"As the Jewish Holiday of Passover approaches, I was told recently that as opposed to twenty years ago, when 90% of Jews reported that they attended some kind of Passover Seder, this year, more like 65% are expected to attend the Jewish spring ritual. When asked about the waning interest, Jews claim that they are increasingly bored by the 2000 year-old dinner.
Brad Hirschfield discusses the recent news that Canadians are considering physicians-assisted suicide legislation that would allow those suffering from a “serious and incurable illness” to end their lives.
Rabbi Hirschfield finds this consideration problematic. He says that we should focus instead on how we can “ease people’s suffering as much as possible as often as possible.”
View Rabbi Hirschfield's discussion below.
"...The experience of satisfying our curiosity, even if the results are sometimes painful or unpleasant, brings us back to life. There are limits, of course, and that is the difference between a dead cat in an old adage, and real people. But there is something so deeply promising about better appreciating the power of curiosity and the promise of genuine satisfaction to be found in pursuing it, even if we don't love what we discover when we do...."
"...It occurred to me this year that the wisdom of this ‘nice green leaf’ from Carle's simple, but beautiful story can also be found at the Passover Seder, the traditional meal and discussion celebrating the Israelites emergence from slavery in Egypt...."
"...The Rabbis Without Borders Network is a pluralistic group of rabbis. That means that we do not have to all believe in one way of doing things in order to be in communication and community with each other. We like to hear each other's divergent views, learn more about each other, and hopefully model for others how this can be done in a respectful way, without the vicious acrimony we are currently seeing in our larger society...."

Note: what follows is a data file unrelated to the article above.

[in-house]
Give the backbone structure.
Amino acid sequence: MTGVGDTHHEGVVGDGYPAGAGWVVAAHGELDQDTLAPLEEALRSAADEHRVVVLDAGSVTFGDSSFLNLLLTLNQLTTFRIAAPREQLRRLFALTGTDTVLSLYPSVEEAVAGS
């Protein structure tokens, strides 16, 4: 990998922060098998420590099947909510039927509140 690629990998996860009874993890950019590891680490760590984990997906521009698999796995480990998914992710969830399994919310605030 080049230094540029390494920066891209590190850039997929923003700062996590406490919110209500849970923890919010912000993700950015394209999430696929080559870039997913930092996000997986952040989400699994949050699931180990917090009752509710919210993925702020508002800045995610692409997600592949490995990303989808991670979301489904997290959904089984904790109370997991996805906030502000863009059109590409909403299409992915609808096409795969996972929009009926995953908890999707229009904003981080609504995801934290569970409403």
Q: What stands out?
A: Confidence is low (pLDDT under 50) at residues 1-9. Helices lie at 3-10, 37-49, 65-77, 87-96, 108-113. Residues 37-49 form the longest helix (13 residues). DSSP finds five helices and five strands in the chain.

Brad Hirschfield discusses how a number of states in the U.S., most recently North Carolina and Mississippi, have passed laws that protect religious freedom. But what are the motives behind these laws?
Rabbi Hirschfield makes a point that true religious freedom comes only when all religions are protected, and that means protecting your own interests, but also the interests of others. View Rabbi Hirschfield's discussion below.
From Odyssey Networks’ FAITH ON THE RECORD
"...It's not that being wary of dangers is a bad teaching per se, but when we ponder the drawbacks of the proverb's dreaded attribute, how often do we remind ourselves, or our kids, or one another – that curiosity is one of the foundational tools of a healthy society, inspiration and excellent communication? Yes, sure, we know that, but...do we really know it?..."
"...We are who we are, and that is going to be part of pretty much all that we do. At the same time, the list of what that includes is longer and richer than we often know. That sounds more like the God who tells Moses ‘I will be who I will be’, no?..."
"...We often forget that the question of ‘who am I?’ is not a fixed one — it's a contextual one, dependent on what our role is with other people. And while we do need ‘firm identities’ in the limited roles we play, we also need to be fluid enough to shift from one role to the next. It's not our personality traits but what we bring to the world that defines ‘who we are....’"
"...This was one of many lists I created every night in the hospital. I'd make myself think of something I was grateful for from A to Z, even when I hated my circumstances. By rummaging through my angry and frustrated thoughts, eventually, some positivity submerged. By the time I reached ‘Z,’ my life had not changed dramatically, but my thoughts had...."